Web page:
In 1929, Edwin Hubble noticed that distant galaxies looked redder than those nearby. Moreover, the further away they are, the redder they tend to look. This observation, known as redshift, allowed us to measure the distances to galaxies too distant to determine by other means. It was also revealed that the universe is expanding, with all its components flying apart from each other unless they are close enough that gravity holds them together.
The connection is so built-in to cosmology that articles on it, including our own, sometimes skip over the explanation, so this aims to fill the gap.
If you’ve ever been passed by a motorbike or an emergency vehicle, you’re probably familiar with the way the pitch changes, higher as it approaches, and lower as it moves away. This is known as Doppler Shift, after Christian Doppler who observed it once transportation started moving fast enough for it to become noticeable.
The shift occurs because the vehicles are traveling at a significant fraction of the speed of sound. As they move towards us this causes the sound waves to become bunched up, equivalent to a shorter wavelength, which means a higher pitch. Once the source is moving away, the sound waves spread out, creating a lower pitch than if they were coming from something stationary.
Light also travels in waves, with red light having longer wavelengths than blue. The same bunching on approach and spread on departing occurs. When the waves spread out they are referred to as “redshifted”. However, because light in a vacuum travels almost a million times faster than sound in air, it is necessary for a source to be moving very fast before the shift is noticeable.
That’s why, despite the physicists’ jokey bumper sticker reading, “If this sticker looks blue you’re traveling too fast”, we hear, but don’t see, the Doppler effect in our everyday lives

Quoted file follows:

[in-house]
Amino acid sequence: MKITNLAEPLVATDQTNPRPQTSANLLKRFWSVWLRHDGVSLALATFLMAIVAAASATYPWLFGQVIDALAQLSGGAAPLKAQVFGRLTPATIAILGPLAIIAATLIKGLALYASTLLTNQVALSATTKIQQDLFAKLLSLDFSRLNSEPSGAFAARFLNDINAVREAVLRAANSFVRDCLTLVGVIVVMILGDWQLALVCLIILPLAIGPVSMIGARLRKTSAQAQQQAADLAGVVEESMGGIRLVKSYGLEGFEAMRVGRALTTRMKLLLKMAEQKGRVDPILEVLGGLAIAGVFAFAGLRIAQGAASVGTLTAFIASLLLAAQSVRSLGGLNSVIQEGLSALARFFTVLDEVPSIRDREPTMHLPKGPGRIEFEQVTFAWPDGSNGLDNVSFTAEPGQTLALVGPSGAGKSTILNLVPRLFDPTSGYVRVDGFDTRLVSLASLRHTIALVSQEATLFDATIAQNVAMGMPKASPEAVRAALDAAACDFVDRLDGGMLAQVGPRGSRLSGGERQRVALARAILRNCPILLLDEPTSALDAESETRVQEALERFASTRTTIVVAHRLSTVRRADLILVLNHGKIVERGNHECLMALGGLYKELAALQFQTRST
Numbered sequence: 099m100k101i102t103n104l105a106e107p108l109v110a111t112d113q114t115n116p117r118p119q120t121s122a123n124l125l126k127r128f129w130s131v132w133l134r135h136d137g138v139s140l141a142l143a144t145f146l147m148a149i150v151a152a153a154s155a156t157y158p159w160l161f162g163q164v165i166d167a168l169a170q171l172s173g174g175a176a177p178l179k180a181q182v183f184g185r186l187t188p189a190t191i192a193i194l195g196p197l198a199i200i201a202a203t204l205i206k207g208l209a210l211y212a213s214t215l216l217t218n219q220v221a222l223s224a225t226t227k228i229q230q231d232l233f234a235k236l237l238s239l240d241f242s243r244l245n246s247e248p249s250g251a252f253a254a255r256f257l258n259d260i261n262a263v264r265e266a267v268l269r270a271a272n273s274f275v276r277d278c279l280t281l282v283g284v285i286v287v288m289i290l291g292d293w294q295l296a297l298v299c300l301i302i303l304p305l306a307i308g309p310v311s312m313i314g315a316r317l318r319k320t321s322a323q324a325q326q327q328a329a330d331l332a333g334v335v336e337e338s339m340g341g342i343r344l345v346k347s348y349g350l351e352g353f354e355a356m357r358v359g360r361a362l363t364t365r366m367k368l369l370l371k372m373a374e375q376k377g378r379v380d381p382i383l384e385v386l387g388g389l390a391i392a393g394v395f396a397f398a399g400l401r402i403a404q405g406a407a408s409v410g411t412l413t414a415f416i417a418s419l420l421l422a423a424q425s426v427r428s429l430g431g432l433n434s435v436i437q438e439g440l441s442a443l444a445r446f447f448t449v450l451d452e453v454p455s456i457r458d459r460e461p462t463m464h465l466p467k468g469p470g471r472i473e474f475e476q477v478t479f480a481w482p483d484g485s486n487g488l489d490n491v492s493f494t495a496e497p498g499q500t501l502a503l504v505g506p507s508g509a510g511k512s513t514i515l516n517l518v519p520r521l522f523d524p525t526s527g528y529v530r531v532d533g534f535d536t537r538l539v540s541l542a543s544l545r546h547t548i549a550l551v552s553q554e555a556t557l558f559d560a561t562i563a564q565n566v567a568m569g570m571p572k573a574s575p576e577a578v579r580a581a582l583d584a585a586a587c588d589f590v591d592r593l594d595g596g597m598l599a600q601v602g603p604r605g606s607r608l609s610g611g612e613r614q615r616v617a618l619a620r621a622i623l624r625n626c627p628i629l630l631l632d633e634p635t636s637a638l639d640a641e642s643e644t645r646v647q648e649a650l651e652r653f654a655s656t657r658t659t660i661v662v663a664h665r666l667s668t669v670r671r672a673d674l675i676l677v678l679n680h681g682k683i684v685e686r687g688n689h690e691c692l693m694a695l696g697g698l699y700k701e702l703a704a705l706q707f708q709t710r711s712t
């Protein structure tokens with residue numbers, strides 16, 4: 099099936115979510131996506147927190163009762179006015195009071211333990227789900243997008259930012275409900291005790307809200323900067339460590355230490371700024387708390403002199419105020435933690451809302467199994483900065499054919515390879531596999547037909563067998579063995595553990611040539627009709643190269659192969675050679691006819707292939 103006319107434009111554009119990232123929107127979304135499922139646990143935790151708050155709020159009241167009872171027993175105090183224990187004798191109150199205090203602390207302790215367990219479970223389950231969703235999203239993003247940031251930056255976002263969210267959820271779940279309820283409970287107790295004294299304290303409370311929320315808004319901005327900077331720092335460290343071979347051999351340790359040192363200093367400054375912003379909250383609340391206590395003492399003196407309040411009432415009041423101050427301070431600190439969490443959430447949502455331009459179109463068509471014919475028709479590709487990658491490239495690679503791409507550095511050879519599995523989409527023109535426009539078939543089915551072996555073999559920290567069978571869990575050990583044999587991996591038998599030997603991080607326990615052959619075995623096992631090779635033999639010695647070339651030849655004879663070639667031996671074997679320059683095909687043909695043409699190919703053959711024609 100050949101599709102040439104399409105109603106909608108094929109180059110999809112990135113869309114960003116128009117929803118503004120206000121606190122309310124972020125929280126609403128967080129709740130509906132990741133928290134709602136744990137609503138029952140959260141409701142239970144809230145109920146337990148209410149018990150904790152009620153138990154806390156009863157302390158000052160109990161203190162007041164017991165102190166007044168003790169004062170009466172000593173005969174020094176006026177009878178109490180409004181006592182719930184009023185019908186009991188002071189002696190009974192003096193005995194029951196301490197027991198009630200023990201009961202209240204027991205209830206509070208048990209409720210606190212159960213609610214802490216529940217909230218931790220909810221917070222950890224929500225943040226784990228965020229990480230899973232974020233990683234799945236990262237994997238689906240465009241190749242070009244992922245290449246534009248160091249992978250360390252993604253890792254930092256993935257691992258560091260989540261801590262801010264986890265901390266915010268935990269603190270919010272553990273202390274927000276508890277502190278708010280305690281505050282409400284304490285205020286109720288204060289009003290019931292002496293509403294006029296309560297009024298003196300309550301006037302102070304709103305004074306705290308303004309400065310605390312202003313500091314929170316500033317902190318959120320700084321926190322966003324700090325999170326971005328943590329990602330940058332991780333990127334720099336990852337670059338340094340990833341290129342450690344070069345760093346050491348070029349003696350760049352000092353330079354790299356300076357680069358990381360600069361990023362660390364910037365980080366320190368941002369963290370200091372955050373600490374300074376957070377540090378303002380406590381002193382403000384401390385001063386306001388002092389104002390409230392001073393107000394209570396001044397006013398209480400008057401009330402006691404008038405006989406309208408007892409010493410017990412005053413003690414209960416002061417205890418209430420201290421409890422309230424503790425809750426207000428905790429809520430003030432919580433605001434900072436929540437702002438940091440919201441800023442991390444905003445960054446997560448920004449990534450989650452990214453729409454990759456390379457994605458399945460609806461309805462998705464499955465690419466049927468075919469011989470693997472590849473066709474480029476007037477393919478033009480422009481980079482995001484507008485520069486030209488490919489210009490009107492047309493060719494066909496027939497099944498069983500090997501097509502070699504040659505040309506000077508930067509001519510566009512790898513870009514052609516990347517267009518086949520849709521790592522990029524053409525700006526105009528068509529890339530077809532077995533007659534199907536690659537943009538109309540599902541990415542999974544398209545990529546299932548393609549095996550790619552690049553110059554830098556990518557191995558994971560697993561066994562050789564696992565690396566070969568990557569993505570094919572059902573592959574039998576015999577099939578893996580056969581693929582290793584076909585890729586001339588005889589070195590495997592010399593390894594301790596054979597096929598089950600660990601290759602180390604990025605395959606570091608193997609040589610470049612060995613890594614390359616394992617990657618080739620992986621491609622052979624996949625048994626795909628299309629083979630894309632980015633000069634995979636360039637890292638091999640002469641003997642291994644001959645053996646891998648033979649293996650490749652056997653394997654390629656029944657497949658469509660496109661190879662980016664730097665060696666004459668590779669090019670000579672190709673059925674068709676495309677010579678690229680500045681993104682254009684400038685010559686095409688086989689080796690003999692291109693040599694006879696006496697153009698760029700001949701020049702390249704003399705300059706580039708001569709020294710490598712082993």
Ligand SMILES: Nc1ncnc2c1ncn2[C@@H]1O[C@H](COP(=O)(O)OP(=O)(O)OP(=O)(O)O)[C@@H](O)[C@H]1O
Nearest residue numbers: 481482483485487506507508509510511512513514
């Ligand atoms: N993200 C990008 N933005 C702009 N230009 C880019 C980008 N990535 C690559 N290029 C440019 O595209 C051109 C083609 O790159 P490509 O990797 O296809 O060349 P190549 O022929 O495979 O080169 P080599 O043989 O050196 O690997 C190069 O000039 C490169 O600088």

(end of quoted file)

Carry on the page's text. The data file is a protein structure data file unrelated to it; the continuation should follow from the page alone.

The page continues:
Scaling the universe
Hubble noticed the redshift because some of the galaxies he was studying were traveling away from us very fast indeed – not close to the speed of light, but enough to cause a noticeable bunching.
Fortunately, to measure red- (or blue-) shift astronomers don’t have to rely on looking at an object and asking, “Does that look a bit pink to you?” When heated, objects give off a broad spectrum of electromagnetic radiation. However, once hot enough to become gases, the light released has extra intensity at certain wavelengths specific to the elements present.
Some of these patterns, such as orange double lines produced by sodium, are easy to recognize even when they have been shifted to substantially different wavelengths. If we find that pair at yellow wavelengths, we know the source is coming towards us. If they’re in the red, it’s moving away. If they’re in the infrared, it’s moving away fast.
Outside our local patch of the universe, the distances to galaxies are measured by the extent to which their light has been redshifted, represented by the letter z. Although this measures speed not distance, on a grand scale these two correlate so well that redshift becomes the most reliable measure.
Lots of other uses
Measuring the universe is a pretty big deal (technically the biggest deal there is), but it’s not the only way in which redshift has transformed astronomy, although in the other cases it needs some help from blueshift.
We measure the rates at which galaxies and the accretion disks around black holes, among other things, are turning by detecting the redshift on the side turning away from us, and the blue on the limb moving towards us. If the whole object is also moving relative to us, such as a galaxy moving away, we may be seeing a redshift on both sides. However, the shift will be larger where the away movements combine than where the two motions counteract each other.
A particularly important application is in finding exoplanets (planets orbiting other stars). With rare exceptions, the light from these is so overwhelmed by the star itself that we can’t see them directly with existing equipment, so have to get creative.
One way to do that is to observe when stars move slightly on regular cycles for no reason we can see. This suggests they are being acted on by the gravitational force of an unseen object, almost always a planet. By measuring the size of the movement, and the period over which it repeats, we can determine the planet’s mass and its orbit.
You might think it would be easiest to track the way the star moves side to side from our perspective, but that’s not the case. Instead, we can achieve much more precision by watching for movements towards and away from us, detected through very slight alternating red- and blueshifts.
Until the launch of the Kepler satellite, this “Doppler wobble” method was the main way exoplanets were detected. Even today, when Kepler and TESS have alerted us to thousands of candidate exoplanets through observing transits, red- and blueshifts are used to confirm suspects and determine their mass.
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